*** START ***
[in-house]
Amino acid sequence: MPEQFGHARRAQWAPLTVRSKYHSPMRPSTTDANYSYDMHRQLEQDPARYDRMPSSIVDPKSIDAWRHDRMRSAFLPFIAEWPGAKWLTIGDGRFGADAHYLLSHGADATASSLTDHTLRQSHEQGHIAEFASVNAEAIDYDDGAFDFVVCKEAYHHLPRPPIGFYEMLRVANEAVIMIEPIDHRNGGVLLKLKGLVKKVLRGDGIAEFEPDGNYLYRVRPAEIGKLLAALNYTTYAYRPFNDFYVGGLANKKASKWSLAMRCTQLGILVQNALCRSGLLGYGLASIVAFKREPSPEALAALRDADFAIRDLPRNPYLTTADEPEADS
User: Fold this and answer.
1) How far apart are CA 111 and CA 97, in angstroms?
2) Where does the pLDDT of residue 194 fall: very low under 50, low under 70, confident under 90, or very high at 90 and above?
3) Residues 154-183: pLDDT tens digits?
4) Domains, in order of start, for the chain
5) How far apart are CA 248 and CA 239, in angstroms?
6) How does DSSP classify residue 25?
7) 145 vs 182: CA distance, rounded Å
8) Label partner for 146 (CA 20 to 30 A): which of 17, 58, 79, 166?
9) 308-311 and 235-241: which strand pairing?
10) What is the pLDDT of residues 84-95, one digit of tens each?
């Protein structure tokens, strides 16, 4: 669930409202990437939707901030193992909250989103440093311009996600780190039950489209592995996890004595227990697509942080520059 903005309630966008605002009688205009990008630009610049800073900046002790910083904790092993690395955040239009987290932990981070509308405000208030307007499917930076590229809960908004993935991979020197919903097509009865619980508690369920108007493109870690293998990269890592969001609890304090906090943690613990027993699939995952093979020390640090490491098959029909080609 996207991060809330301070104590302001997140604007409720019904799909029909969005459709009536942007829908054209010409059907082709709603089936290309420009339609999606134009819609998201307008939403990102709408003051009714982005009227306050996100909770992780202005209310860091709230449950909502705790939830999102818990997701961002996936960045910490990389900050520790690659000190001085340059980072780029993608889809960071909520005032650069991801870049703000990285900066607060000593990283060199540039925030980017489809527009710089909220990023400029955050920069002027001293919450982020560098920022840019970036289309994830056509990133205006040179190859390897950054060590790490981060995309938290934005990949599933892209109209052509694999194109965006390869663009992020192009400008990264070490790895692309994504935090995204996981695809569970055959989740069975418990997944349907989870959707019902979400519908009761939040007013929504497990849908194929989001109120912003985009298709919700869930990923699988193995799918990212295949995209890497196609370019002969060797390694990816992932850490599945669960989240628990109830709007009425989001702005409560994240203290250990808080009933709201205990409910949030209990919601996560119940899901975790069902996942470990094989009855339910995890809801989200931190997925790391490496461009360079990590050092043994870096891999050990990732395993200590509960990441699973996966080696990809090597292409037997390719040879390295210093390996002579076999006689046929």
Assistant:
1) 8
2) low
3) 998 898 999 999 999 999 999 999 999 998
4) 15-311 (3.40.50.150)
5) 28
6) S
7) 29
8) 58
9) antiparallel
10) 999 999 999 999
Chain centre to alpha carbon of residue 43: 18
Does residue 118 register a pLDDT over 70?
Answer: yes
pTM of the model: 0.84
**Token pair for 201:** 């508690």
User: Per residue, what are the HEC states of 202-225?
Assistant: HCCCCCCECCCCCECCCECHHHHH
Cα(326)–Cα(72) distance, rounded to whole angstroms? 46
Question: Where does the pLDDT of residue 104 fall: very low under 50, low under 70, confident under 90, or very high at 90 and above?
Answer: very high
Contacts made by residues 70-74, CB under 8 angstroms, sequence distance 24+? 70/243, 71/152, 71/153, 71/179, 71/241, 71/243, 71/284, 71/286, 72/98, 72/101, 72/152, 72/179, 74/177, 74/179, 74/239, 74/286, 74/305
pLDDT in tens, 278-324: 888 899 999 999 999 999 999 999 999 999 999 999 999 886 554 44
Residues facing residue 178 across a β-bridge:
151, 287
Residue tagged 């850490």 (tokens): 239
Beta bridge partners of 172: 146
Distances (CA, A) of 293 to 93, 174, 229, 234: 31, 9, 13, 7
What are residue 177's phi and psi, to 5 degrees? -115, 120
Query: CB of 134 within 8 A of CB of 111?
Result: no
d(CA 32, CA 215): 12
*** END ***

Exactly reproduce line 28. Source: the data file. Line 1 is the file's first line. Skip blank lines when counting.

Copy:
Answer: yes